For the last few years, traffic going into Jerusalem has been congested. Some mornings are tolerable; others a nightmare of delays and slowly crawling cars approaching the checkpoint and either passing through to another slowly crawling line of cars or maybe, just maybe, actually moving a bit faster. The roads division decided to add a lane – perhaps spreading the cars over three lanes instead of two might help…which might work of there wasn’t also a bottleneck on the other side of the checkpoint, but never mind.
It was a step in the right direction, so for the last few months, we have watched the road slowly be widened until this morning when the lane was free and clear of all obstacles and three lanes of traffic now crawled up. The third lane was quickly labeled for public transportation – which is defined as buses, cars carrying three or more passengers and cabs. Why cabs? No idea, but there you go.
This morning, Shmulik had to meet S. (his commanding officer) at the top of our road. As we were climbing slowly behind a bus, S. called and asked where Shmulik was. S. was worried about the traffic. He told Shmulik to meet him at the front of the city because he had to drop one of his daughters at her nursery school. If Shmulik got there in time, no problem. If not, Shmulik would have to catch a bus to the base. S. didn’t want to get stuck.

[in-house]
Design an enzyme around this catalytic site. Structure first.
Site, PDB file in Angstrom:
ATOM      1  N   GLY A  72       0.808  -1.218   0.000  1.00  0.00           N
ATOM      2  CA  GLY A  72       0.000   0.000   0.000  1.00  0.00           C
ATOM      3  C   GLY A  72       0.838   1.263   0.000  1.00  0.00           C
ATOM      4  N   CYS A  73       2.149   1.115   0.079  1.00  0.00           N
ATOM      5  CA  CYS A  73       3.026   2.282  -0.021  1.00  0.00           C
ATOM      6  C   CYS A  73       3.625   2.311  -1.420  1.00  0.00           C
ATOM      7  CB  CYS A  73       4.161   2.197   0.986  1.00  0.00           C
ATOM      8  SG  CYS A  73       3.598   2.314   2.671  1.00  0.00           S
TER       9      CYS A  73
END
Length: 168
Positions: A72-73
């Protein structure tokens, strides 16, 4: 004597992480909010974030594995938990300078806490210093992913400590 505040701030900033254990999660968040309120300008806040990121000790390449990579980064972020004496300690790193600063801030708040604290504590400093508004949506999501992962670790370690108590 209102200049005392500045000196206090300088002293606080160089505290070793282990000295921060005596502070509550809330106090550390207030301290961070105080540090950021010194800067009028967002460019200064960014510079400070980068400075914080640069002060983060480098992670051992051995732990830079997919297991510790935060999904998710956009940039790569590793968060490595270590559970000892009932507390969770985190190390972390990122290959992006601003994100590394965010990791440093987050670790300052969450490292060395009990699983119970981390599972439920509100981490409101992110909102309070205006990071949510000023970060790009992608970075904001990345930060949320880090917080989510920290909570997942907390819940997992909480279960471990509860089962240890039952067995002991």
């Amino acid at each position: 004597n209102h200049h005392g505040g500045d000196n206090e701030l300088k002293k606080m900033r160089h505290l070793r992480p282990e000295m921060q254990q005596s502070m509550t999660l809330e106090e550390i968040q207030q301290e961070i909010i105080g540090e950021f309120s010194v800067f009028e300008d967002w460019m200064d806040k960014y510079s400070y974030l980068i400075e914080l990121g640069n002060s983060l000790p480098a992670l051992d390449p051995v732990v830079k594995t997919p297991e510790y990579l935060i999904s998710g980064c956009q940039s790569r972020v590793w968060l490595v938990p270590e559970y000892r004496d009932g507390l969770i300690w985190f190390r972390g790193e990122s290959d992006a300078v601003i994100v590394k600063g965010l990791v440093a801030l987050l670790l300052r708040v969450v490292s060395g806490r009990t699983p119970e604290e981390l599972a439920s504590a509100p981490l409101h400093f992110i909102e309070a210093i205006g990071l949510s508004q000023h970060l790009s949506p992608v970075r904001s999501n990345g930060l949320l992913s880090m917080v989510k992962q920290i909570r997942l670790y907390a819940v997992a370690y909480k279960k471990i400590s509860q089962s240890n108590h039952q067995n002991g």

Reasonable, said Shmulik, who understood the he was a few minutes late. We arrived in time; Shmulik transferred to the other car while I pulled out ahead. I drove down the side of the mountain; Shmulik and S. somewhere behind me.
I curved along the exit, joining the highway up to Jerualem. About half way up, I met the traffic and slowed. Soon, I noticed Shmulik and S. zoom past me in the fast lane.
I called Shmulik on the phone (S. was driving so there was no problem with Shmulik answering, and I was using a car speaker phone). When Shmulik answered, I said, “It isn’t fair.”
“We’re allowed,” Shmulik answered. Being in the army gives S. many advantages, and zooming along a road at whatever speed he needs to go is one of them.
“Ask S. if I’m allowed to use the lane ’cause I’m a soldier’s mother?”
Shmulik laughed and I heard him ask, “My mother wants to know if she can go in this lane too, because she’s a soldier’s mother?” I could hear S. laugh in the background as Shmulik answered, “No.”
No matter – the sound of their laughter has carried me through the day.